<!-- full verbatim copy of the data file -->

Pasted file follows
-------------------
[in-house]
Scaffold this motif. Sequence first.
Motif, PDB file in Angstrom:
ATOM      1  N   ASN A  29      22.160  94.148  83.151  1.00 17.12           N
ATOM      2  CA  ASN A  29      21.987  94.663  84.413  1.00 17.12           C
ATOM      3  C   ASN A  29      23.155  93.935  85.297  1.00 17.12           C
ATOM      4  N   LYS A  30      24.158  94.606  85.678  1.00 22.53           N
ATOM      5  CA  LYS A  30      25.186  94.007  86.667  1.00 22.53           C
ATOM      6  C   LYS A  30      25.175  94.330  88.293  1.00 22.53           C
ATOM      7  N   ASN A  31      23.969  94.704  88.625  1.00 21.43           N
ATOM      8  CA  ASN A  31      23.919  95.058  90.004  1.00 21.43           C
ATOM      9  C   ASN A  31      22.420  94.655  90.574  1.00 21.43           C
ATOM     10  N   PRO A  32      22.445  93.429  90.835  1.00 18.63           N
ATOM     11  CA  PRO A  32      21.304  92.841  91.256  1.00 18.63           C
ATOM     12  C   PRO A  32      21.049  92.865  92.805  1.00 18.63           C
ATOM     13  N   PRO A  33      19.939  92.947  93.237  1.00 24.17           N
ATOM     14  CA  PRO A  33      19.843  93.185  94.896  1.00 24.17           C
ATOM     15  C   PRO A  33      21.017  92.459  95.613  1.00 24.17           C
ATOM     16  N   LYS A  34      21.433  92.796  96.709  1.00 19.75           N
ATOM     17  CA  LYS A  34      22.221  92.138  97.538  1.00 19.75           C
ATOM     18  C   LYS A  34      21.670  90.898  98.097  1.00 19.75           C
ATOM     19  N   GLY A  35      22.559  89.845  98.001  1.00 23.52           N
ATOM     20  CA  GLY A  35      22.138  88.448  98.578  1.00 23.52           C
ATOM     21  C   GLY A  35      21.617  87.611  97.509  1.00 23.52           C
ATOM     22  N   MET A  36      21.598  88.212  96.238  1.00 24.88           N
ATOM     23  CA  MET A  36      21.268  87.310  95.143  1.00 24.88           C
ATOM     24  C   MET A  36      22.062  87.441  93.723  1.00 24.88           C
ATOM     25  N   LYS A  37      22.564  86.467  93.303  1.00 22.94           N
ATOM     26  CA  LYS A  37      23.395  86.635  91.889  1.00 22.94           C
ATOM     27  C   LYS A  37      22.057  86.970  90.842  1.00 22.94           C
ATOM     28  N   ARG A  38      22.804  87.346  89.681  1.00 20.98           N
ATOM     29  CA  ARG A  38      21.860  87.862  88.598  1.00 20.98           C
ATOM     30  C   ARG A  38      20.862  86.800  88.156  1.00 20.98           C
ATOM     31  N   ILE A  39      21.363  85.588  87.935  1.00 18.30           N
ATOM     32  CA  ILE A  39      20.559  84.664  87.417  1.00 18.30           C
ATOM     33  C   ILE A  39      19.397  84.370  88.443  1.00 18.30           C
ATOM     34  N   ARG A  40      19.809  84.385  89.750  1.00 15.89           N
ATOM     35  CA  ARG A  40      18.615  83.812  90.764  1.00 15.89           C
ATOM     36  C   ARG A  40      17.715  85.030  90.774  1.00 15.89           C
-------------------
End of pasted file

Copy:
[in-house]
Scaffold this motif. Sequence first.
Motif, PDB file in Angstrom:
ATOM      1  N   ASN A  29      22.160  94.148  83.151  1.00 17.12           N
ATOM      2  CA  ASN A  29      21.987  94.663  84.413  1.00 17.12           C
ATOM      3  C   ASN A  29      23.155  93.935  85.297  1.00 17.12           C
ATOM      4  N   LYS A  30      24.158  94.606  85.678  1.00 22.53           N
ATOM      5  CA  LYS A  30      25.186  94.007  86.667  1.00 22.53           C
ATOM      6  C   LYS A  30      25.175  94.330  88.293  1.00 22.53           C
ATOM      7  N   ASN A  31      23.969  94.704  88.625  1.00 21.43           N
ATOM      8  CA  ASN A  31      23.919  95.058  90.004  1.00 21.43           C
ATOM      9  C   ASN A  31      22.420  94.655  90.574  1.00 21.43           C
ATOM     10  N   PRO A  32      22.445  93.429  90.835  1.00 18.63           N
ATOM     11  CA  PRO A  32      21.304  92.841  91.256  1.00 18.63           C
ATOM     12  C   PRO A  32      21.049  92.865  92.805  1.00 18.63           C
ATOM     13  N   PRO A  33      19.939  92.947  93.237  1.00 24.17           N
ATOM     14  CA  PRO A  33      19.843  93.185  94.896  1.00 24.17           C
ATOM     15  C   PRO A  33      21.017  92.459  95.613  1.00 24.17           C
ATOM     16  N   LYS A  34      21.433  92.796  96.709  1.00 19.75           N
ATOM     17  CA  LYS A  34      22.221  92.138  97.538  1.00 19.75           C
ATOM     18  C   LYS A  34      21.670  90.898  98.097  1.00 19.75           C
ATOM     19  N   GLY A  35      22.559  89.845  98.001  1.00 23.52           N
ATOM     20  CA  GLY A  35      22.138  88.448  98.578  1.00 23.52           C
ATOM     21  C   GLY A  35      21.617  87.611  97.509  1.00 23.52           C
ATOM     22  N   MET A  36      21.598  88.212  96.238  1.00 24.88           N
ATOM     23  CA  MET A  36      21.268  87.310  95.143  1.00 24.88           C
ATOM     24  C   MET A  36      22.062  87.441  93.723  1.00 24.88           C
ATOM     25  N   LYS A  37      22.564  86.467  93.303  1.00 22.94           N
ATOM     26  CA  LYS A  37      23.395  86.635  91.889  1.00 22.94           C
ATOM     27  C   LYS A  37      22.057  86.970  90.842  1.00 22.94           C
ATOM     28  N   ARG A  38      22.804  87.346  89.681  1.00 20.98           N
ATOM     29  CA  ARG A  38      21.860  87.862  88.598  1.00 20.98           C
ATOM     30  C   ARG A  38      20.862  86.800  88.156  1.00 20.98           C
ATOM     31  N   ILE A  39      21.363  85.588  87.935  1.00 18.30           N
ATOM     32  CA  ILE A  39      20.559  84.664  87.417  1.00 18.30           C
ATOM     33  C   ILE A  39      19.397  84.370  88.443  1.00 18.30           C
ATOM     34  N   ARG A  40      19.809  84.385  89.750  1.00 15.89           N
ATOM     35  CA  ARG A  40      18.615  83.812  90.764  1.00 15.89           C
ATOM     36  C   ARG A  40      17.715  85.030  90.774  1.00 15.89           C